Tips on how to avoid getting a traffic ticket

Avoid traffic tickets: a few tips you should keep in mind.

Traffic stops are inconvenient at the least and unnerving at worst. It gets worse when the officer tells you about your outstanding warrant while he puts the cuffs on you. Now you remember you should have paid ticket you meant to take care of but just couldn’t find the time. Ooops!

People don’t realize that judges can issue warrants to arrest them if they don’t appear in court. You can get arrested if you don’t appear in court on a minor traffic violation.

THE FOLLOWING ARE A FEW TIPS ON HOW TO AVOID TRAFFIC TICKETS.

  • Always be polite and respectful. You can’t avoid traffic tickets by being a jerk.
  • Don’t begin by asking the cop why he stopped you. He will likely ask you if know why he stopped you. The best answer if he does ask is “I don’t know.”
  • Try not to argue the about why he stopped you. Argue the reason for the stop in court.
  • You will never avoid traffic tickets by arguing with the officer.
  • Just say, “sorry I didn’t realize I was speeding.” you are not admitting guilt and not disagreeing with him.
  • Provide your license and insurance. You can and will get a ticket if you don’t provide this information.
  • Don’t drive on a suspended or expired license. You can get arrested for this. So being nice helps. The officer can let you off with a warning and a promise by you to get it fixed ASAP. Arresting someone for a suspended license is a pain for the cops. It’s a ton of paperwork. Don’t argue with him. this will give him a reason to go the extra mile and arrest you.
  • Get out of your card If he asks you to. Cops do this for their own safety to keep you from grabbing a gun from your car and shooting them. Cops, especially of late, worry about this possibility.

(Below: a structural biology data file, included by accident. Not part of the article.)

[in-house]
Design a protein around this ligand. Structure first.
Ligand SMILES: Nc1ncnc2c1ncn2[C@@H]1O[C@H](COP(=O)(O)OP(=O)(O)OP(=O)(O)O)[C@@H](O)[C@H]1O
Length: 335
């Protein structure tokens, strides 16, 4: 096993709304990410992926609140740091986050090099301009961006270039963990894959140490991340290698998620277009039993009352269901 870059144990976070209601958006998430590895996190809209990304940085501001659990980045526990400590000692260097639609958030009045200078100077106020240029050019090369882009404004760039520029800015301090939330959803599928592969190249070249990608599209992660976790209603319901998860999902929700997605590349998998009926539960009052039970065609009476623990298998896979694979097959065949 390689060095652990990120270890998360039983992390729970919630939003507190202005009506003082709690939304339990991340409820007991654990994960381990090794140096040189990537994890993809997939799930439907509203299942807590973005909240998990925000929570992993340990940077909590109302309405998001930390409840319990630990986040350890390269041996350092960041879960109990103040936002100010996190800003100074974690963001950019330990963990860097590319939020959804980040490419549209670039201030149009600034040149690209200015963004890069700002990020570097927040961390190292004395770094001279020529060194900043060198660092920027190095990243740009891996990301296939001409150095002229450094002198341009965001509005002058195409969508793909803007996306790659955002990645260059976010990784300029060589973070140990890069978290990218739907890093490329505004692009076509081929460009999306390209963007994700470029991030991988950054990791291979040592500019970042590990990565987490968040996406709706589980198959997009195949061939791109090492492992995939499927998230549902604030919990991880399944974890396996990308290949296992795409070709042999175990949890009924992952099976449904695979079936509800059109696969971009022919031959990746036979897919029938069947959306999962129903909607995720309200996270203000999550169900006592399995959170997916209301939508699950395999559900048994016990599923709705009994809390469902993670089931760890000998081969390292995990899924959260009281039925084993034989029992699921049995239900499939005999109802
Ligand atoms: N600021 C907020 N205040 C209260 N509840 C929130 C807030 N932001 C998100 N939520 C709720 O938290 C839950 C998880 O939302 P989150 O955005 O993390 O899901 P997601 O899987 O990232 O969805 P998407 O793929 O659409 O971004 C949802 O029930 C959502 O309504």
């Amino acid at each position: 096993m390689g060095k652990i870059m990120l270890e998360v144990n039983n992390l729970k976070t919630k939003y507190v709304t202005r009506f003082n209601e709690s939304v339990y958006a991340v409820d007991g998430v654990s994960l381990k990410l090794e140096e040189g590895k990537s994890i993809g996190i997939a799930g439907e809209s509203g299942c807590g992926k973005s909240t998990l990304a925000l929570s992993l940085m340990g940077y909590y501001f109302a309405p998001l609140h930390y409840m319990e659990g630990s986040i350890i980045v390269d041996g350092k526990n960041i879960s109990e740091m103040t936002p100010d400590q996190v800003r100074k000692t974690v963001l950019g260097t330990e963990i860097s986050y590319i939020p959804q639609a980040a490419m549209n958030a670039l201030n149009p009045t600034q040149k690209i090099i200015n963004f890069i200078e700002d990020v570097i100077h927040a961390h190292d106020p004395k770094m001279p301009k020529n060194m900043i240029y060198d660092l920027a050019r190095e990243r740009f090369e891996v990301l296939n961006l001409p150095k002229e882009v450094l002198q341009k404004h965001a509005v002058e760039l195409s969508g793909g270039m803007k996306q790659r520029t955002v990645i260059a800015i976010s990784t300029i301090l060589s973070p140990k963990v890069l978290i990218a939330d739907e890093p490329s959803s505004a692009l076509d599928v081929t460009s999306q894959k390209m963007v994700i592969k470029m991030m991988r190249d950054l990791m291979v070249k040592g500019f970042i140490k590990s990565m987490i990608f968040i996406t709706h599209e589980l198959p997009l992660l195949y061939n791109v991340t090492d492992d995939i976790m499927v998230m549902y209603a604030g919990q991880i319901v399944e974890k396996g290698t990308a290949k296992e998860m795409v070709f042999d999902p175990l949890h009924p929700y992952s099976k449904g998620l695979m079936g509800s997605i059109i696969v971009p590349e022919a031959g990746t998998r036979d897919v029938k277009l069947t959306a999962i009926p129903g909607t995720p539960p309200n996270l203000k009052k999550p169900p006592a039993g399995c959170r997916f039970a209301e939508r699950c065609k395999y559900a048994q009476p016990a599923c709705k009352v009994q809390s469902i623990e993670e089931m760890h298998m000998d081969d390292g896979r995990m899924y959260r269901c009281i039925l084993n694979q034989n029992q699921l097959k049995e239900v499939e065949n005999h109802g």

• If you do get a ticket, sign it. It is only a notice to appear in court at a later date. Your signature serves to prove you are aware of the court date and nothing more. Not signing it can get you arrested. If you refuse to sign, the traffic stop becomes a real nightmare.
  • Finally, being polite and respectful might get you out of the stop with only a warning. A warning means nothing. No court, no fine, nothing. Thank your lucky stars you did not get a ticket and get on with your daily business.

Final thoughts on how to avoid traffic tickets.

You can also avoid traffic tickets stop by being nice, polite and respectful, even if the officer is not. Likewise, it never helps to argue with the cop. Just because he is a jerk, doesn’t mean you have respond in kind.

But arguing and complaining will get you a traffic. The officer will make a written note that you were a jerk at your traffic stop. Thus when he goes to court, he will remember you and go out of his way to get you convicted of your speeding ticket.

Also traffic stops can be a minor inconvenience or a real pain. Being nice can you get back to your day within minutes without a ticket. But being a jerk, can get you a traffic ticket. Thus being nice can put on your way with citation in hand and an order to appear in court later. This of course will lead to more inconvenience. But a good traffic ticket attorney can help you out. And you can avoid a conviction on your driving and insurance record.

Being stopped for a traffic violation is inconvenient. But wait until you get to traffic court in downtown Houston. At 8:00 a.m.. The court bailiff usually prepares everyone with “expect to be here most of the day.” And of course the officer you argued with will give you a polite smile as he walks by and recognizes you.

It’s your choice. This is by no means a guarantee to avoid traffic tickets. But it’s one of the best ways I know of and it has worked for me..

HAPPY DRIVING

By Andrew Williams, board certified criminal defense lawyer.

kingwoodcriminaldefenselawyer.com

Andrew Williams
About the Author: Andrew Williams
I am a criminal defense lawyer with over 20 years experience defending people accused of wrongdoing. I am board certified by the Texas Board of Legal Specialization. Only ten percent of attorneys in Texas are board certified in their respective field. I practice criminal law exclusively in both state and federal court including appeals of criminal cases.